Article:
When Amazon announced in 2017 that it was looking for a location for a second headquarters, metro Denver was one of the areas that put together a package. Initially, the New York Times thought the Mile High City had it in the bag, and early this year Denver made the top-twenty cut. But on November 13, Amazon finally confirmed that its new headquarters would be split between two sites on the East Coast: in Arlington, Virginia, and Queens.
Was losing Amazon's H2Q to the East Coast a "bullet dodged," as one tweet suggested?
Would have been good for Colorado. Higher-paying skilled jobs are needed here. It would allow for advancement for employees. Also, the higher-paid people spend money in the local economy on many levels.
Did you really want them bringing a bunch of out-of-state employees just to drive up cost of living even more? THAT is what would have happened. We are already one of the fastest-growing cities in the nation. We don't need help with that expansion. There are plenty of jobs here in Colorado already.
No corporation that promises high-paying jobs ever delivers. Even if they were available, they would not go to the people who need them. Plus, I'm glad that we won't be instrumental in Bezos making even more money. There are plenty of jobs out here; let's work on getting those up to a living wage.
Denver never was a consideration. Bezos wants to expand further into government services and wants to be near our financial capital. Amazon just used other governments to sweeten his incentive package.
No more corporate welfare queens.
Denver is simply too hostile to transplants; the Amazon employees would have been greeted with an ugly hostility in Denver that simply does not exist in either Crystal City or Long Island City, both already two of the most diverse places in this country AND particularly embracing of all people, no matter their ethnicity or place of origin. Denver's just not there yet, and likely will never reach a level of sophistication to ever get there. BUT HEY, there's always the Denver Stock Show. Yippppeee.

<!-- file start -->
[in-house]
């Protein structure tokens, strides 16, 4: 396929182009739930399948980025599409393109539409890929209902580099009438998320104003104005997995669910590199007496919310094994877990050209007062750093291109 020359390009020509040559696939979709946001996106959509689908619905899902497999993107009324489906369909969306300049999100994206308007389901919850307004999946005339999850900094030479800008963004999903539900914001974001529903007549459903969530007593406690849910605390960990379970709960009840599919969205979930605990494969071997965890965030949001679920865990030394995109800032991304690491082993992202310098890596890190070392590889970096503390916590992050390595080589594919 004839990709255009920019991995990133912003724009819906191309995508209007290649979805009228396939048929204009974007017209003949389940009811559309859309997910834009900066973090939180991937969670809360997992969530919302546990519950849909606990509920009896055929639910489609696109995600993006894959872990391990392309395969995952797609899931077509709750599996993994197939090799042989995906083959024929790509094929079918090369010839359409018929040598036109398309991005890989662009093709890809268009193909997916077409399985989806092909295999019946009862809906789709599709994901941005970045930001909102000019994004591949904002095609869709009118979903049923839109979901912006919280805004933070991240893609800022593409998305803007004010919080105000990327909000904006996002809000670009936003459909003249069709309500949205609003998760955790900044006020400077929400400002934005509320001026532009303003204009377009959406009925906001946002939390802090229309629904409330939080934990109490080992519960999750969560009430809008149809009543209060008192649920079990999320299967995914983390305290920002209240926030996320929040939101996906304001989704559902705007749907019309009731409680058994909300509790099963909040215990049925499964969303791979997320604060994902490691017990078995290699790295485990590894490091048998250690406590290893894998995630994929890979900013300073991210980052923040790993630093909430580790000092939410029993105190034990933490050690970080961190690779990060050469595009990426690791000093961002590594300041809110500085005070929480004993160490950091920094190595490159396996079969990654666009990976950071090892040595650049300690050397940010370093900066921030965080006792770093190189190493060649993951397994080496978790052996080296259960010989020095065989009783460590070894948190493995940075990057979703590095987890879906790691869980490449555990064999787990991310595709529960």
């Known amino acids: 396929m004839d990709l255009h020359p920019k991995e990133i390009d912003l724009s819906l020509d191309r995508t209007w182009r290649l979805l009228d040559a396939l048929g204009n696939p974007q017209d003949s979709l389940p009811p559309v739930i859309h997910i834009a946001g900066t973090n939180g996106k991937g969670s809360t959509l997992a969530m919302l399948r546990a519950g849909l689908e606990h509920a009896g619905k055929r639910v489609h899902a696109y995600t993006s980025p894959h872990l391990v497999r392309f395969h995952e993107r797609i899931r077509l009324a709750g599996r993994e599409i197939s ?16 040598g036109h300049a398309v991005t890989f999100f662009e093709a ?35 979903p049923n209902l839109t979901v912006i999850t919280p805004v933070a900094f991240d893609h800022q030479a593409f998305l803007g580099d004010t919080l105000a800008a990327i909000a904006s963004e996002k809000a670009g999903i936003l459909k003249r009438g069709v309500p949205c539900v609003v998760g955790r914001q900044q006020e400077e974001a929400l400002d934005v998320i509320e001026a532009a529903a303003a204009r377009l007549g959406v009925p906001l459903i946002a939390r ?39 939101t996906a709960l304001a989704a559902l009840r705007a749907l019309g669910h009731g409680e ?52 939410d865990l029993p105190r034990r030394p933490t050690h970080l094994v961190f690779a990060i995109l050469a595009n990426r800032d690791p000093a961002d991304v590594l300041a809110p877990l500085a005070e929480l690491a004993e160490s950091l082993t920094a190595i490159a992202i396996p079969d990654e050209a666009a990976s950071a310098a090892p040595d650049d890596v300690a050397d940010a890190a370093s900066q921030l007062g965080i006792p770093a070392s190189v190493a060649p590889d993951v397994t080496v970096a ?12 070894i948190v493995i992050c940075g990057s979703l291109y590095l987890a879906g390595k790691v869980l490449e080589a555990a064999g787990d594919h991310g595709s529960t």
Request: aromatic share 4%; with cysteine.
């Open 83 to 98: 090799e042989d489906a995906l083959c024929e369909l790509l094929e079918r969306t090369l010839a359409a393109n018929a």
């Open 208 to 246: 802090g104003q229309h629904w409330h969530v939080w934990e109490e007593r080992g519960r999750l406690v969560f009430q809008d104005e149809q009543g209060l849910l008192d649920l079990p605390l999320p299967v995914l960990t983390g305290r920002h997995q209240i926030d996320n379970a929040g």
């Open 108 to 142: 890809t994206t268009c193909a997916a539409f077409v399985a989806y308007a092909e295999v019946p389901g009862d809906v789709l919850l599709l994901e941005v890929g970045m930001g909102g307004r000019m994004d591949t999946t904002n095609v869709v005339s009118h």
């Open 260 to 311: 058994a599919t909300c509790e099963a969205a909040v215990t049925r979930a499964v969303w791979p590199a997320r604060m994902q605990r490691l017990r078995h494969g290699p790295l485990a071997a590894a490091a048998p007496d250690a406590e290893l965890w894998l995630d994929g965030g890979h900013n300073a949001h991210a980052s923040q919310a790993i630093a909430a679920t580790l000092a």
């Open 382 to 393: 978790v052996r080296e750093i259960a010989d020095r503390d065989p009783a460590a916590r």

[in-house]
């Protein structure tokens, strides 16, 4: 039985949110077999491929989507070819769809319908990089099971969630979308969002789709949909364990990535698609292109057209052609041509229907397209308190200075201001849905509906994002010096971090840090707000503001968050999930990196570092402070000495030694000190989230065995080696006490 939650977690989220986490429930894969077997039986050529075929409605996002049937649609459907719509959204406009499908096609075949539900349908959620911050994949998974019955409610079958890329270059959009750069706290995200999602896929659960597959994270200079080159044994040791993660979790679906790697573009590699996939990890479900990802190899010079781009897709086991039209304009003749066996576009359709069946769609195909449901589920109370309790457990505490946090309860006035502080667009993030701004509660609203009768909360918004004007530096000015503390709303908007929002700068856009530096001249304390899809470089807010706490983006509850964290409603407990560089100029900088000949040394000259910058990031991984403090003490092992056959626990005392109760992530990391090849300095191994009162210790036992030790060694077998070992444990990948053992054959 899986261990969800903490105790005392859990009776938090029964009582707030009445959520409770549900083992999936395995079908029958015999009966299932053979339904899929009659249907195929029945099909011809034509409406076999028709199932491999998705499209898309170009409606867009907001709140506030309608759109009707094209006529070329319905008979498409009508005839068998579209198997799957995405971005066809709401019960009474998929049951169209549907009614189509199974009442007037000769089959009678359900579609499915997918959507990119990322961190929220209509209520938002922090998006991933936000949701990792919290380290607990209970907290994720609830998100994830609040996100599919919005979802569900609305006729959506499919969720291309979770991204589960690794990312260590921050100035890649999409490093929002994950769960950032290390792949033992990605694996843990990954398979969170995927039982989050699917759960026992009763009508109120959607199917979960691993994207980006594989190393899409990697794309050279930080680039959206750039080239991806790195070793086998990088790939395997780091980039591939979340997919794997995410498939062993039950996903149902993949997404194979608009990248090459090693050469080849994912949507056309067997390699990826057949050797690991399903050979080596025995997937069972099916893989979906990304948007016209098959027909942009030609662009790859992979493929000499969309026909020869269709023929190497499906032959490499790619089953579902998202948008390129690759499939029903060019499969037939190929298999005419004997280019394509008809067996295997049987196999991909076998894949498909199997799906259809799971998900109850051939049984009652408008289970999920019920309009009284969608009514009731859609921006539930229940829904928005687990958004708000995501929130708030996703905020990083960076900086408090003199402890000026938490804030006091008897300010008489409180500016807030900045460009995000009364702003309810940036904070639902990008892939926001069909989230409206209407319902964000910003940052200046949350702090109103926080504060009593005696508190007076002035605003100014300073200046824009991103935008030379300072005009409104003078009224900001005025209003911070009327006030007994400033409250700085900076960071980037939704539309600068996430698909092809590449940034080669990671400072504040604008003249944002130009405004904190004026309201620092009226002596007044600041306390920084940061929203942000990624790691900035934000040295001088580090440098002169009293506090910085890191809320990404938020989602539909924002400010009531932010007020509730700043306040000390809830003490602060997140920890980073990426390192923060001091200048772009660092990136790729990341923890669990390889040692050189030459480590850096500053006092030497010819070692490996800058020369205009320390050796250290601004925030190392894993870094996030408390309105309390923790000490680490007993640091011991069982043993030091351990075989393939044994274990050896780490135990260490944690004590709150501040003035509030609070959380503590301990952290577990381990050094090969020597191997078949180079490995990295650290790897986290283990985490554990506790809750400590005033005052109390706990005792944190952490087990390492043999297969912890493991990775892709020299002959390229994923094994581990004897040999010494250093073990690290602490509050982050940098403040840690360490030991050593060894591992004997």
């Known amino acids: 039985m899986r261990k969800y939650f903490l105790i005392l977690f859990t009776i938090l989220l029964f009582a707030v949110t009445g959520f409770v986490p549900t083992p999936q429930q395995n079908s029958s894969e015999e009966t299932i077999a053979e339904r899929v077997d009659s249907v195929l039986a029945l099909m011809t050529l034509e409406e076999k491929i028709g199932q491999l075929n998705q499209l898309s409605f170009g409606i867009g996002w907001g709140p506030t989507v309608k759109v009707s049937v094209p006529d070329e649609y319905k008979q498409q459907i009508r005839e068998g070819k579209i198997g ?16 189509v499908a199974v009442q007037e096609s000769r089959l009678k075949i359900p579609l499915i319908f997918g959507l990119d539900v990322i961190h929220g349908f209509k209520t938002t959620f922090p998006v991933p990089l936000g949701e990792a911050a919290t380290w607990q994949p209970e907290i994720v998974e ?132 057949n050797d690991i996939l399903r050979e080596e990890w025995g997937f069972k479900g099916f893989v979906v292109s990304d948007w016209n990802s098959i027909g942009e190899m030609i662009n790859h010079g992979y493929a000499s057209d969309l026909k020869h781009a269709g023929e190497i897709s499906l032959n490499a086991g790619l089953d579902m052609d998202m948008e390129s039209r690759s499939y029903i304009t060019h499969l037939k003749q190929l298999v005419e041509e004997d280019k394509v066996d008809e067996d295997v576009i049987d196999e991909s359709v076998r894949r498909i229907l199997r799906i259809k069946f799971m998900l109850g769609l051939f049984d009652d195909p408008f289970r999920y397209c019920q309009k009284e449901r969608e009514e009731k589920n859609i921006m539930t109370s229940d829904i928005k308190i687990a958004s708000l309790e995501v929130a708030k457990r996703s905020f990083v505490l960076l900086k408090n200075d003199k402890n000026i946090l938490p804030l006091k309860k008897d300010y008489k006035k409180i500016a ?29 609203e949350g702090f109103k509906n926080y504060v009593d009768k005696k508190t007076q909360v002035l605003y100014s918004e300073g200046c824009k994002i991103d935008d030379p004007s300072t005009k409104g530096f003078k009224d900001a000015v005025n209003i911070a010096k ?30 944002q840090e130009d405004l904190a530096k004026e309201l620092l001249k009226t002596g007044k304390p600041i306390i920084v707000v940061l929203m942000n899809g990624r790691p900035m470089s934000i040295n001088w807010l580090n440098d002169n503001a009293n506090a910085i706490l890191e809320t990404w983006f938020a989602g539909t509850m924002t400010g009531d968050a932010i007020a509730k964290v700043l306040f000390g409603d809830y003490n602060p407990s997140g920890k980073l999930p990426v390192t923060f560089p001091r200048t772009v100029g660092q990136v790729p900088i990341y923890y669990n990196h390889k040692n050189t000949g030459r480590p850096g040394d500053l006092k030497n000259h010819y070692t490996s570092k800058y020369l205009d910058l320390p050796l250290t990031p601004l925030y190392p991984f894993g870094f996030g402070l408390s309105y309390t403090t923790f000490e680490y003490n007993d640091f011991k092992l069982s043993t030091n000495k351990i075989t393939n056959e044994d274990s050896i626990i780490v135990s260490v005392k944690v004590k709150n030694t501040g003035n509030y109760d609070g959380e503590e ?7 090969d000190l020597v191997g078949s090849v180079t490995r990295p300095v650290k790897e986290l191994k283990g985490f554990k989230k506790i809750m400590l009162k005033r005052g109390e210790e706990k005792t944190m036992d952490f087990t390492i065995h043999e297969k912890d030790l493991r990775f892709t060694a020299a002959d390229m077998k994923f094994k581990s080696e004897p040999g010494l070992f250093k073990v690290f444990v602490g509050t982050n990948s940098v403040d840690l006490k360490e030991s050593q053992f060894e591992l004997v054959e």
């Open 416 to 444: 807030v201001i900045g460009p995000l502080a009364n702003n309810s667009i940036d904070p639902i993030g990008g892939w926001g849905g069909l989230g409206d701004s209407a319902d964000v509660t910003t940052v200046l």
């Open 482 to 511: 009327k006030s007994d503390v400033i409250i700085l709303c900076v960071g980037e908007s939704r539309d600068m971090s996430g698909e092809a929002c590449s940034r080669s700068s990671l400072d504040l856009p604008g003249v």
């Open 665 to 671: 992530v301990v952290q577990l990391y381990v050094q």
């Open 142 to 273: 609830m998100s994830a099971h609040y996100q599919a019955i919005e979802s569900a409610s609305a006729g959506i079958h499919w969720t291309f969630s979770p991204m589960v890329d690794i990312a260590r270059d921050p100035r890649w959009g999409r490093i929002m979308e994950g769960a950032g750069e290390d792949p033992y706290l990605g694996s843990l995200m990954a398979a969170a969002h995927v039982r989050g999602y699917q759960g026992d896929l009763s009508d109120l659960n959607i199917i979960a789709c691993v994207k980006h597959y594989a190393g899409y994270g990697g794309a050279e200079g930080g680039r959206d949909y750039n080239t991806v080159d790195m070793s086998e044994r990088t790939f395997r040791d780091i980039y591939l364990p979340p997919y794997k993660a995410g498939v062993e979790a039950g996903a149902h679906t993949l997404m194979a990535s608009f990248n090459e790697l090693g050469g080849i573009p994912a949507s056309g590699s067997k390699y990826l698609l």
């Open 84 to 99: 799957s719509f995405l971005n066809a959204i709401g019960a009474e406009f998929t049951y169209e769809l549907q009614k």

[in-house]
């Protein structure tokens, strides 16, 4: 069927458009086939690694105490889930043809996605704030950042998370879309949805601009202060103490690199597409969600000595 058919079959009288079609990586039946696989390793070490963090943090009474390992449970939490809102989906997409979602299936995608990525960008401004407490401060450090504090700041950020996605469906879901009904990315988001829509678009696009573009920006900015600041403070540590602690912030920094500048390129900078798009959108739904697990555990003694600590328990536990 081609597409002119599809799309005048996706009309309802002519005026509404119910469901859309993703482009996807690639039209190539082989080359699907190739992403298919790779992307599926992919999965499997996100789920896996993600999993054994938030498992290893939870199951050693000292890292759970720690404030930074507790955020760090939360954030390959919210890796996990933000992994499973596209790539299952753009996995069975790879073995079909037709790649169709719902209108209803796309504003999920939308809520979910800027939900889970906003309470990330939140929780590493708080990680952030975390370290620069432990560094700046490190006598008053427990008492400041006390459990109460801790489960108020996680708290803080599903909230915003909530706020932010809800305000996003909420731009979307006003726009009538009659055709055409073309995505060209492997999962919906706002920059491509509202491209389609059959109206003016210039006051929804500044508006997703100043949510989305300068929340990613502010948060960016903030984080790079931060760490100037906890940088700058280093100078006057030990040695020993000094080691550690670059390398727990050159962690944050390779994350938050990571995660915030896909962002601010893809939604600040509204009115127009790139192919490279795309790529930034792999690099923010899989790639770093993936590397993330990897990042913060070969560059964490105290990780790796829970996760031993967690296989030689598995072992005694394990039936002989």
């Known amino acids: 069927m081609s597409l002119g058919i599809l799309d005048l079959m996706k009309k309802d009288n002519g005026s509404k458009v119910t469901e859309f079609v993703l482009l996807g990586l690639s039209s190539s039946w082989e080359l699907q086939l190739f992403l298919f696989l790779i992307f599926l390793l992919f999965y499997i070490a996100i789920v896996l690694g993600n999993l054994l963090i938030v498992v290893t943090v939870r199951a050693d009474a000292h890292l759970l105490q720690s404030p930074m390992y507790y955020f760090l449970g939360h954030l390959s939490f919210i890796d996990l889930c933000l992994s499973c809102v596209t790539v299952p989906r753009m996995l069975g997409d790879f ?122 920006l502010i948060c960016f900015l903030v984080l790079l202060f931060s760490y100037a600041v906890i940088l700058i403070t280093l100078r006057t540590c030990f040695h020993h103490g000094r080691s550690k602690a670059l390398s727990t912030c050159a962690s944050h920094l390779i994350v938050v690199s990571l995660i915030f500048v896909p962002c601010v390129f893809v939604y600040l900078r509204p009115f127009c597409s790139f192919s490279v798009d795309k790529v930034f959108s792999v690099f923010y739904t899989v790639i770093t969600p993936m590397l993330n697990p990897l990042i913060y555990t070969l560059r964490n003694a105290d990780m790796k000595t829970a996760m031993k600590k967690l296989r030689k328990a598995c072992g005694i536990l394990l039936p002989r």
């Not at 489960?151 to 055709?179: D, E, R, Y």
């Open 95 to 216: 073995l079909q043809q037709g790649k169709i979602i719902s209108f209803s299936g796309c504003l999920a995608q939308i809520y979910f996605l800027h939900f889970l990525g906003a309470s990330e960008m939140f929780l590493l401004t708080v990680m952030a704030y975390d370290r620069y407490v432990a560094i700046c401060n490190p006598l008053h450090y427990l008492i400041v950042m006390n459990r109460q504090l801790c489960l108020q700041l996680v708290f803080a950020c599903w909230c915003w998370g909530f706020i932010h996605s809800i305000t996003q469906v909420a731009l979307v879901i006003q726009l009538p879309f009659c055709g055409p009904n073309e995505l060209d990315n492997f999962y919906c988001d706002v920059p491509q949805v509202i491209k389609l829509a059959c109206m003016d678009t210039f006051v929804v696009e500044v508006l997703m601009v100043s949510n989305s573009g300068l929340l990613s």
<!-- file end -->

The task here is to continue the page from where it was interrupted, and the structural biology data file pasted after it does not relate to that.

And Sam concludes:
It's too late. The old Colorado that we once knew is in the rear-view mirror...growth growth growth traffic traffic traffic. Amazon didn't matter.
Keep reading for more on Amazon:
"Let Denver Vote Racing to Put Olympics Question on May Ballot"
On the day that Amazon made its announcement, Denver officials were wooing another potential plum: Members of the United States Olympic Committee made a site visit to Denver to explore the possibility of a Mile High City/Colorado Winter Olympics bid.
But readers aren't much more excited about the prospect of the Olympics coming here than they were about Amazon. Says Zelda, "I sincerely hope the Olympics decide to go somewhere else in 2030. We don't need that kind of revenue." And Let Denver Vote is already circulating petitions to place a measure on Denver's May ballot that would demand voters be allowed to sign off on any potential Olympics bid.
Do you think Denver dodged a bullet when Amazon passed it by? Do you think Denver should skip making a bid on the Olympics? Post a comment or share your thoughts on firstname.lastname@example.org.
Keep Westword Free... Since we started Westword, it has been defined as the free, independent voice of Denver, and we would like to keep it that way. Offering our readers free access to incisive coverage of local news, food and culture. Producing stories on everything from political scandals to the hottest new bands, with gutsy reporting, stylish writing, and staffers who've won everything from the Society of Professional Journalists' Sigma Delta Chi feature-writing award to the Casey Medal for Meritorious Journalism. But with local journalism's existence under siege and advertising revenue setbacks having a larger impact, it is important now more than ever for us to rally support behind funding our local journalism. You can help by participating in our "I Support" membership program, allowing us to keep covering Denver with no paywalls.